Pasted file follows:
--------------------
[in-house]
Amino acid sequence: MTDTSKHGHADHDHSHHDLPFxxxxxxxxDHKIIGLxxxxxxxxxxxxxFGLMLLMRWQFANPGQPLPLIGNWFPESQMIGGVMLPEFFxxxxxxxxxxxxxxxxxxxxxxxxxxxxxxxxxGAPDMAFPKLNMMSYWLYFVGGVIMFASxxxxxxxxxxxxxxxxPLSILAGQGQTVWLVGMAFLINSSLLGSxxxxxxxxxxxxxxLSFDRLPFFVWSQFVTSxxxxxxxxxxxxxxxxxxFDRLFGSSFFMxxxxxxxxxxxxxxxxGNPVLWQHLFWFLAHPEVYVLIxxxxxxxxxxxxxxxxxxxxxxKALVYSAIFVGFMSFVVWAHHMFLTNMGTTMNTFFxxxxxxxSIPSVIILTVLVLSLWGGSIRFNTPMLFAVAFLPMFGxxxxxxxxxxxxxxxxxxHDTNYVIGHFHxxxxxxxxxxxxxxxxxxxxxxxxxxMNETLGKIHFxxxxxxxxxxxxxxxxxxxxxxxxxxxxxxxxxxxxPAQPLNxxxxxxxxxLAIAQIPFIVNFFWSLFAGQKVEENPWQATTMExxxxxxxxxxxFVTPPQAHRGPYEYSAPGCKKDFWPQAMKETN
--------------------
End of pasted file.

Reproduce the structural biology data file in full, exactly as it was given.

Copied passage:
[in-house]
Amino acid sequence: MTDTSKHGHADHDHSHHDLPFxxxxxxxxDHKIIGLxxxxxxxxxxxxxFGLMLLMRWQFANPGQPLPLIGNWFPESQMIGGVMLPEFFxxxxxxxxxxxxxxxxxxxxxxxxxxxxxxxxxGAPDMAFPKLNMMSYWLYFVGGVIMFASxxxxxxxxxxxxxxxxPLSILAGQGQTVWLVGMAFLINSSLLGSxxxxxxxxxxxxxxLSFDRLPFFVWSQFVTSxxxxxxxxxxxxxxxxxxFDRLFGSSFFMxxxxxxxxxxxxxxxxGNPVLWQHLFWFLAHPEVYVLIxxxxxxxxxxxxxxxxxxxxxxKALVYSAIFVGFMSFVVWAHHMFLTNMGTTMNTFFxxxxxxxSIPSVIILTVLVLSLWGGSIRFNTPMLFAVAFLPMFGxxxxxxxxxxxxxxxxxxHDTNYVIGHFHxxxxxxxxxxxxxxxxxxxxxxxxxxMNETLGKIHFxxxxxxxxxxxxxxxxxxxxxxxxxxxxxxxxxxxxPAQPLNxxxxxxxxxLAIAQIPFIVNFFWSLFAGQKVEENPWQATTMExxxxxxxxxxxFVTPPQAHRGPYEYSAPGCKKDFWPQAMKETN